They are also more effective because more and more subscription-based platforms allow consumers to receive no advertisement by paying a higher monthly fee.
The kind of advertising these platforms are targeting are usually display ads.
Additionally, there is also a neuroscientific aspect that makes native ads a great alternative marketing channel.
According to scientists, the human brain hasn’t evolved in 50,000 years.
So, decisions are made the same way as in this far away past.
And most of the time marketers tap only into 5 % of the consumer’s conscious part of the brain.
Unfortunately, the other 95% part is in charge when it comes to choices, decisions and actions.
That’s where native ads thrive, because they can influence at a subconscious level.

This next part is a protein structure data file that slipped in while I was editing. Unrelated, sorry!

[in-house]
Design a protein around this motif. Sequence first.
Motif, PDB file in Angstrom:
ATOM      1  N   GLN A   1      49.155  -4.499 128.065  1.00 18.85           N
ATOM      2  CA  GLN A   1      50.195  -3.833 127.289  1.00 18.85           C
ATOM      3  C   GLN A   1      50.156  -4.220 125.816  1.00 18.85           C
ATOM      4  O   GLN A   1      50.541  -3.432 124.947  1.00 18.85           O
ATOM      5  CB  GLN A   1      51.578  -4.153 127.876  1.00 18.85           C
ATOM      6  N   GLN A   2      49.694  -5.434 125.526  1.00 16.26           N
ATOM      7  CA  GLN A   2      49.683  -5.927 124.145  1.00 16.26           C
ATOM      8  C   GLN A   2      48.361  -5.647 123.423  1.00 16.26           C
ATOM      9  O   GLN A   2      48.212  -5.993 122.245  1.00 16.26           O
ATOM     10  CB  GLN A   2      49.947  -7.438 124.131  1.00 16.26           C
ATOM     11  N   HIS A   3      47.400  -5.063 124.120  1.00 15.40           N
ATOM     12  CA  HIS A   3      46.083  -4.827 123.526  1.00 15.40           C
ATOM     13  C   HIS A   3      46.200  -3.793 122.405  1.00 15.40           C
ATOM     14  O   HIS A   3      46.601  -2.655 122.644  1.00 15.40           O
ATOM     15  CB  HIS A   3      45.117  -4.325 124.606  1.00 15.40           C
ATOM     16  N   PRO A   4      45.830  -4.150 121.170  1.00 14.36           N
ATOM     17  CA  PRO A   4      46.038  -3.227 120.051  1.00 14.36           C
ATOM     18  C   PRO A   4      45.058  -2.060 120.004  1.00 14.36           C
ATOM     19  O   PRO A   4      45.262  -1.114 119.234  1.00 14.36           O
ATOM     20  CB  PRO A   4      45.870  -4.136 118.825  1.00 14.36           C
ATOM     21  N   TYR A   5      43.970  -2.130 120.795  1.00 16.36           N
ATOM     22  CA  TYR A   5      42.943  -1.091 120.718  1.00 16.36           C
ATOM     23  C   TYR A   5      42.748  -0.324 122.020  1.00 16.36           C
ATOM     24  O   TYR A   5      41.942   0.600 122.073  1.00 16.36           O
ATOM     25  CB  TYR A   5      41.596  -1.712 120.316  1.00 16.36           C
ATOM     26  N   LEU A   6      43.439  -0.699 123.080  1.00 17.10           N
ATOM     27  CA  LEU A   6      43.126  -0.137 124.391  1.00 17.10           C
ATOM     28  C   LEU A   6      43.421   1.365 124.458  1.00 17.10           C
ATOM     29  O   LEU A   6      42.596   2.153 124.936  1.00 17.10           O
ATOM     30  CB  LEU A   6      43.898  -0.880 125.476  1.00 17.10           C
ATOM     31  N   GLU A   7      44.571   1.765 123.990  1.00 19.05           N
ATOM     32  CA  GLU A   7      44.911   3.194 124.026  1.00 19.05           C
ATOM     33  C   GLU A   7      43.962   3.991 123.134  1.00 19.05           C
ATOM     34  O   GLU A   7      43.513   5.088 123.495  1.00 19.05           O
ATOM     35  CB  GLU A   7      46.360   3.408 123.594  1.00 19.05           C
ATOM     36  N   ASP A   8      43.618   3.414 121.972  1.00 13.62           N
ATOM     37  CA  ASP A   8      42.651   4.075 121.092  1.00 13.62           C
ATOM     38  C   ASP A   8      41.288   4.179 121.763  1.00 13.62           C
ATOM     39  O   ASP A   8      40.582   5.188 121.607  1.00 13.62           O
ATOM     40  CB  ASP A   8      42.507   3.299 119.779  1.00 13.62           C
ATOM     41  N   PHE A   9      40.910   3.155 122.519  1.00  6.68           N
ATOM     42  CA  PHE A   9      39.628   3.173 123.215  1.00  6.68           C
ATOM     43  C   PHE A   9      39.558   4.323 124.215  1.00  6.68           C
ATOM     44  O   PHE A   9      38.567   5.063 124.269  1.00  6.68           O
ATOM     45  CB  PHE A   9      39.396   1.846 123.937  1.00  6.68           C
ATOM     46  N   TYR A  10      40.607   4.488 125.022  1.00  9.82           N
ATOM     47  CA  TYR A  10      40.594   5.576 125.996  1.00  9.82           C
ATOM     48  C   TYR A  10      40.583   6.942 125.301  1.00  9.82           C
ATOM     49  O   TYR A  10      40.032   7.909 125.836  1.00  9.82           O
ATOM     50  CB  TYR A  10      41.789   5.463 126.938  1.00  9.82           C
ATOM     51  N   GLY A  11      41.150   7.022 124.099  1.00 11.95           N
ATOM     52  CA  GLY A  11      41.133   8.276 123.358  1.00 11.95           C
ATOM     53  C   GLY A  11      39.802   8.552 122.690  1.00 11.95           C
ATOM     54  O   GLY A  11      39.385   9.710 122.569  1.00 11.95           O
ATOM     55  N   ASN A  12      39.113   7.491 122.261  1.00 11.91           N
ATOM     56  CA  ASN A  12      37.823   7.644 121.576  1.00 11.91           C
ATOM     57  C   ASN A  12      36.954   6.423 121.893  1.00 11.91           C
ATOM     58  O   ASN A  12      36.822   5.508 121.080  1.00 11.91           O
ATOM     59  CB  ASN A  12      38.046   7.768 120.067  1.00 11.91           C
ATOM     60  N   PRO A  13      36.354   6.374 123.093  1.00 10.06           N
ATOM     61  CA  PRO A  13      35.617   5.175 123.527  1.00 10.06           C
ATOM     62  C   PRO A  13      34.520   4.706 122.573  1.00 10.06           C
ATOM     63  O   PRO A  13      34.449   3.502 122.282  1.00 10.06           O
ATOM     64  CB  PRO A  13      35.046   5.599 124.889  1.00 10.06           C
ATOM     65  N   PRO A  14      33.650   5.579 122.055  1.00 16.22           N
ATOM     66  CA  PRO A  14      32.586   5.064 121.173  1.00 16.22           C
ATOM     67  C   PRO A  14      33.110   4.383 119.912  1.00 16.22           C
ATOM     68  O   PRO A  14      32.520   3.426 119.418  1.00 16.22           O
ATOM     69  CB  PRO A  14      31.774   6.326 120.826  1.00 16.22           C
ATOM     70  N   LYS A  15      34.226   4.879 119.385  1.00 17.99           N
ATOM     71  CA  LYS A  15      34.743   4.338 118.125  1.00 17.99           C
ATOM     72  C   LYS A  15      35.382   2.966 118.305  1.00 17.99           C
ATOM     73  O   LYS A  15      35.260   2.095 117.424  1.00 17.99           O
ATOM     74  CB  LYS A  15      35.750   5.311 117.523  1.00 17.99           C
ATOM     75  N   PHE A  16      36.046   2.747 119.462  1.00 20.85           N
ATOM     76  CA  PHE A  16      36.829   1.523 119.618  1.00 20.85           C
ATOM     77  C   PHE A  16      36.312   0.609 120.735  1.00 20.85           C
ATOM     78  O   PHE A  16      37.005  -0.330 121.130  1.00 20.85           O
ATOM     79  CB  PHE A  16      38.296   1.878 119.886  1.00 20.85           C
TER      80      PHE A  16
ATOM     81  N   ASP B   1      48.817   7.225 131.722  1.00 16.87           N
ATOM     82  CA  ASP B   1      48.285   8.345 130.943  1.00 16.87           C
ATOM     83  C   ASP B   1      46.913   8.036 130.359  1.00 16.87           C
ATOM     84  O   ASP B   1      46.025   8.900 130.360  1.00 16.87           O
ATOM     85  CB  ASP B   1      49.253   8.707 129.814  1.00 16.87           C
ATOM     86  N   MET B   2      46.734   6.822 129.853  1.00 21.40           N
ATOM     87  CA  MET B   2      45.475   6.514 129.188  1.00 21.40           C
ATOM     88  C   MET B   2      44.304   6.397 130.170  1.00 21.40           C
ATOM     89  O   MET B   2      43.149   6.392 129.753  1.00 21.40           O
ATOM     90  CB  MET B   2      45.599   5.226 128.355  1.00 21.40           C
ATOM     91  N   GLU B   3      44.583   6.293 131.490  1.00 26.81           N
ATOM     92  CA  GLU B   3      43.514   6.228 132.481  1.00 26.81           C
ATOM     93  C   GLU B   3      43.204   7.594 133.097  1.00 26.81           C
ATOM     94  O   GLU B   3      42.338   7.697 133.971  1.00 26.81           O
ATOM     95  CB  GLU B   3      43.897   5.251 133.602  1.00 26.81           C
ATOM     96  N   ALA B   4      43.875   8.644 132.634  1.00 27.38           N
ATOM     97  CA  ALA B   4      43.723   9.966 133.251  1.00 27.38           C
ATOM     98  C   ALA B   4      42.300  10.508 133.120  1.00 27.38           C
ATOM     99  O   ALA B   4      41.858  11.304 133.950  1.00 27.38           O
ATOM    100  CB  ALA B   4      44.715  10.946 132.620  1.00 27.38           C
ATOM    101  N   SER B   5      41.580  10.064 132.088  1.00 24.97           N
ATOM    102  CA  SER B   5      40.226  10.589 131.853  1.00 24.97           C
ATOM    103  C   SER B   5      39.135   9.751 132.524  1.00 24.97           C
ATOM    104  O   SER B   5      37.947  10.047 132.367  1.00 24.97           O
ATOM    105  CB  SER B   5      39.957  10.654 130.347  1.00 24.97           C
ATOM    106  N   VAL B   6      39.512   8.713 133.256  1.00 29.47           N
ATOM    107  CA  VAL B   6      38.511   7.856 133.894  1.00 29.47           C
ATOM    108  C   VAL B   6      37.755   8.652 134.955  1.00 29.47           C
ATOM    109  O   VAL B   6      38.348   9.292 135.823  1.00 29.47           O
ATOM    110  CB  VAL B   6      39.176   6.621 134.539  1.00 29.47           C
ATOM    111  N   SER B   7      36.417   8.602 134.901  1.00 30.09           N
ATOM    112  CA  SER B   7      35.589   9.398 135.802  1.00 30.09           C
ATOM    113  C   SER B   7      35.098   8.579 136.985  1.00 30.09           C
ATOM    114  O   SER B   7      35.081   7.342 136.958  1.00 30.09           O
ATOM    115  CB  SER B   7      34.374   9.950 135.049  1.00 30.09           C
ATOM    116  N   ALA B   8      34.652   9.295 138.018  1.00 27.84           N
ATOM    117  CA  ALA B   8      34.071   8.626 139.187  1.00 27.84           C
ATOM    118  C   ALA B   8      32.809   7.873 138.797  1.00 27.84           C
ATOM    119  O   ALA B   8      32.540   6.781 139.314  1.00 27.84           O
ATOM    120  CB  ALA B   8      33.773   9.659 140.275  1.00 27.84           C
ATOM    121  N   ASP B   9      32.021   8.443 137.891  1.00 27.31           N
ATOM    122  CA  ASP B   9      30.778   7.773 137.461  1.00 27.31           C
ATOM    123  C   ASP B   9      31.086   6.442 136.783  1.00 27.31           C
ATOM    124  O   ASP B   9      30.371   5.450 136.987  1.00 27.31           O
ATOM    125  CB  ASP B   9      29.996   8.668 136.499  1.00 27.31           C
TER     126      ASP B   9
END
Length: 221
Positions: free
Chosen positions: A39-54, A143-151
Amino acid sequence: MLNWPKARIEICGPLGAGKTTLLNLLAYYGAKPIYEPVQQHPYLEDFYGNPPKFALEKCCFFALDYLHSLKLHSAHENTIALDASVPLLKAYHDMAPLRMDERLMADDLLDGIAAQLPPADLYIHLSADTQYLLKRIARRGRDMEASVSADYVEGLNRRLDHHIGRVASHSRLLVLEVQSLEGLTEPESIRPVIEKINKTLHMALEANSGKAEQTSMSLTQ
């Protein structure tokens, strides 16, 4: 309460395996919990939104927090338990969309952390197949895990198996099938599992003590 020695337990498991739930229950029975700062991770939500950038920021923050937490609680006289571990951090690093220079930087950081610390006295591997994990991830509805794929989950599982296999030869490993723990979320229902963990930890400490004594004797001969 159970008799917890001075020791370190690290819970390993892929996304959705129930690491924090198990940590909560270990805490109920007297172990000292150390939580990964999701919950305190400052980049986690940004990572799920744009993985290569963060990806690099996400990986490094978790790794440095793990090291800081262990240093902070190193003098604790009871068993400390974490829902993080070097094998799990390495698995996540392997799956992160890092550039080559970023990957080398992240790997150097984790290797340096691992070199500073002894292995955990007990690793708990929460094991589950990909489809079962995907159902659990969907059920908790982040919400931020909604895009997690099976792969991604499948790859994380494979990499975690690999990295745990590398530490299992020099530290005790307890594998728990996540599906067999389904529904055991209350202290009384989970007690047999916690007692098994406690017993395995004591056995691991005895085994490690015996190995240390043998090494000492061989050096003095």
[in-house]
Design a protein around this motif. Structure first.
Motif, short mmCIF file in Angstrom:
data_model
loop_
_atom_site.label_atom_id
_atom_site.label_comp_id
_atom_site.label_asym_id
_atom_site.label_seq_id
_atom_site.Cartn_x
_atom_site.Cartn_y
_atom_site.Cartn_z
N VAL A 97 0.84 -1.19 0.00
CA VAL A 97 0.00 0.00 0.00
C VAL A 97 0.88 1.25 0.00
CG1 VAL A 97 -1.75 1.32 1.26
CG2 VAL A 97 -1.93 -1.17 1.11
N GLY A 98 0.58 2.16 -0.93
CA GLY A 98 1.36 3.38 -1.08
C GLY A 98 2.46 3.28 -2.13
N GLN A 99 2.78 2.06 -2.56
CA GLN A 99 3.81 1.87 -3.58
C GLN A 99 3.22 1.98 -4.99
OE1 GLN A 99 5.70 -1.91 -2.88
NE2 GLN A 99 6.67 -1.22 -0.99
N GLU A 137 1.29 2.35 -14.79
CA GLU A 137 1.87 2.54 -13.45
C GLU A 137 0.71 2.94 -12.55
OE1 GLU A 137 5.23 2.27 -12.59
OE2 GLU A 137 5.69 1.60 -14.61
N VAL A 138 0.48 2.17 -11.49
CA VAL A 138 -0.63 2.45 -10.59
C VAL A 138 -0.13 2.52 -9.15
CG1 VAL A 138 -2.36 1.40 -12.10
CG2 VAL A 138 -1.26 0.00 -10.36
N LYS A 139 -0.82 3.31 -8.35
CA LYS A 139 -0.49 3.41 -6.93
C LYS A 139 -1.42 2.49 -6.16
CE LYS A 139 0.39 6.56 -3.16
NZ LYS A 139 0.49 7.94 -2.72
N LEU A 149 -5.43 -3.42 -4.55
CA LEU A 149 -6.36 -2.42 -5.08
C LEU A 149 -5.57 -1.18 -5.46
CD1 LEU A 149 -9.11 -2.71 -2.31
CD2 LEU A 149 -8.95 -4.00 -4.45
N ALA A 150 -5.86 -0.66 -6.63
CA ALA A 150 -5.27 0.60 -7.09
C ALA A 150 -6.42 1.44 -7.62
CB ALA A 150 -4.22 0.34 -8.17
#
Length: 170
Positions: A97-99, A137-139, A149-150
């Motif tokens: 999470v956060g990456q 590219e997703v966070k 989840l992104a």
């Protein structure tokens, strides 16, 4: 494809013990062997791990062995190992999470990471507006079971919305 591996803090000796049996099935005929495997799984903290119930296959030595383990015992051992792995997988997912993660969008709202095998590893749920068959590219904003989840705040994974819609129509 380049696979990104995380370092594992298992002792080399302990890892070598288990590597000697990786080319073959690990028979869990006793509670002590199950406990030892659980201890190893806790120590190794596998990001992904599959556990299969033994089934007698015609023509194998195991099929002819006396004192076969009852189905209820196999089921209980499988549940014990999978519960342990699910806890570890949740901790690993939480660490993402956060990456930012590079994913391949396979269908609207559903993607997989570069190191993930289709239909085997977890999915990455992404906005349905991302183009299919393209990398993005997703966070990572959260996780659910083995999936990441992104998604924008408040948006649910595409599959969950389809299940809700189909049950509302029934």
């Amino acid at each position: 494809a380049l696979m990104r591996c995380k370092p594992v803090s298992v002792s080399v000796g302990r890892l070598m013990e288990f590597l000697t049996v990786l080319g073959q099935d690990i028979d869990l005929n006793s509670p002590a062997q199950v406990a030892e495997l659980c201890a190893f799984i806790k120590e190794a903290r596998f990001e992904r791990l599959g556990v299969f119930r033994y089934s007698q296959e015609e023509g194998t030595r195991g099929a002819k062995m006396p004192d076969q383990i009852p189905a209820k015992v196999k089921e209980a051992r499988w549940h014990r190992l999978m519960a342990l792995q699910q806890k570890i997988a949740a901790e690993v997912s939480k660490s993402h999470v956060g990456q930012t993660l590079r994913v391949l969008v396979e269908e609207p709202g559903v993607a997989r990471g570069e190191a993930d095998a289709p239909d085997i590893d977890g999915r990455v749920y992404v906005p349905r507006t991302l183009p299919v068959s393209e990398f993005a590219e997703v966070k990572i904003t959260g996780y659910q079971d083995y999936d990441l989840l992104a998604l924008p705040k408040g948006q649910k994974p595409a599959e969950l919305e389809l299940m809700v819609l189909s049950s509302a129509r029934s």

It’s because the website visitor or consumer reads the native ads and becomes part of the experience of the consumption of relevant content.
By that, there is much more engagement involved, which means that both hemispheres of the brain, including the subconscious, get involved for image and text processing.
So, Then Why Native Ads for Real Estate?
When selling real estate, your price points are usually in the six-figure area and by that, it’s not the same as selling a lower priced product such as a fitness device.
For the latter, you can get away with a sales copy that appeals to just one hemisphere of the brain (e.g. emotions).
This is not the case for products with higher price tags, where you ideally should appeal to emotions and rational benefits.
And, as already stated above, native ads engage both hemispheres of the brain so they are ideally suitable for real estate offers.
What Are Some Native Ad Trends?
The first thing to note is that startups and Fortune 500s are allocating more and more budgets to non-disruptive ad campaigns.